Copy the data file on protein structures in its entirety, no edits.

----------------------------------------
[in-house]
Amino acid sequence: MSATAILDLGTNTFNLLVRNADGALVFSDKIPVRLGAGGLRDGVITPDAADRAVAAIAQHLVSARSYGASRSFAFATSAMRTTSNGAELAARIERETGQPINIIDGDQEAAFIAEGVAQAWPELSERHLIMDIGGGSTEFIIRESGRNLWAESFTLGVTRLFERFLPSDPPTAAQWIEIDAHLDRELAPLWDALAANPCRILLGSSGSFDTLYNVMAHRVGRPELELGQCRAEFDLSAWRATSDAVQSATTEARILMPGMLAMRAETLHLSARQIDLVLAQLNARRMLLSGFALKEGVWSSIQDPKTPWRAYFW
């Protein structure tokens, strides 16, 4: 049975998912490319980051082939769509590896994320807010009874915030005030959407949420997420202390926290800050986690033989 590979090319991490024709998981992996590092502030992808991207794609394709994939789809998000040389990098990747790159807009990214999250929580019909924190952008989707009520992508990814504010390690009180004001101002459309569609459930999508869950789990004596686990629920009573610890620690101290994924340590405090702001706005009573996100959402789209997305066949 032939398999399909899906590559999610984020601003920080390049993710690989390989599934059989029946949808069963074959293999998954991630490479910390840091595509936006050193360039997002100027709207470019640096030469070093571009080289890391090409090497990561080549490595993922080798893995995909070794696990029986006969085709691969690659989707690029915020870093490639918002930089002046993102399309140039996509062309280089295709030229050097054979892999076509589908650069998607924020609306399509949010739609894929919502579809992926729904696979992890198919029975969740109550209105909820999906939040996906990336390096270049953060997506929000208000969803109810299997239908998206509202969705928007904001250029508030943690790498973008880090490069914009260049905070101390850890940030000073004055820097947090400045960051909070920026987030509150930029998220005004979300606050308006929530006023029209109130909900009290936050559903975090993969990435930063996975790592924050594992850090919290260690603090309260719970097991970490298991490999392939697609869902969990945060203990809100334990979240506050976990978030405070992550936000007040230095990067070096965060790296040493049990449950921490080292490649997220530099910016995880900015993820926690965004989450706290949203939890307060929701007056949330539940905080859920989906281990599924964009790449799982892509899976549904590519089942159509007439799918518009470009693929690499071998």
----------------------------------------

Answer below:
[in-house]
Amino acid sequence: MSATAILDLGTNTFNLLVRNADGALVFSDKIPVRLGAGGLRDGVITPDAADRAVAAIAQHLVSARSYGASRSFAFATSAMRTTSNGAELAARIERETGQPINIIDGDQEAAFIAEGVAQAWPELSERHLIMDIGGGSTEFIIRESGRNLWAESFTLGVTRLFERFLPSDPPTAAQWIEIDAHLDRELAPLWDALAANPCRILLGSSGSFDTLYNVMAHRVGRPELELGQCRAEFDLSAWRATSDAVQSATTEARILMPGMLAMRAETLHLSARQIDLVLAQLNARRMLLSGFALKEGVWSSIQDPKTPWRAYFW
């Protein structure tokens, strides 16, 4: 049975998912490319980051082939769509590896994320807010009874915030005030959407949420997420202390926290800050986690033989 590979090319991490024709998981992996590092502030992808991207794609394709994939789809998000040389990098990747790159807009990214999250929580019909924190952008989707009520992508990814504010390690009180004001101002459309569609459930999508869950789990004596686990629920009573610890620690101290994924340590405090702001706005009573996100959402789209997305066949 032939398999399909899906590559999610984020601003920080390049993710690989390989599934059989029946949808069963074959293999998954991630490479910390840091595509936006050193360039997002100027709207470019640096030469070093571009080289890391090409090497990561080549490595993922080798893995995909070794696990029986006969085709691969690659989707690029915020870093490639918002930089002046993102399309140039996509062309280089295709030229050097054979892999076509589908650069998607924020609306399509949010739609894929919502579809992926729904696979992890198919029975969740109550209105909820999906939040996906990336390096270049953060997506929000208000969803109810299997239908998206509202969705928007904001250029508030943690790498973008880090490069914009260049905070101390850890940030000073004055820097947090400045960051909070920026987030509150930029998220005004979300606050308006929530006023029209109130909900009290936050559903975090993969990435930063996975790592924050594992850090919290260690603090309260719970097991970490298991490999392939697609869902969990945060203990809100334990979240506050976990978030405070992550936000007040230095990067070096965060790296040493049990449950921490080292490649997220530099910016995880900015993820926690965004989450706290949203939890307060929701007056949330539940905080859920989906281990599924964009790449799982892509899976549904590519089942159509007439799918518009470009693929690499071998």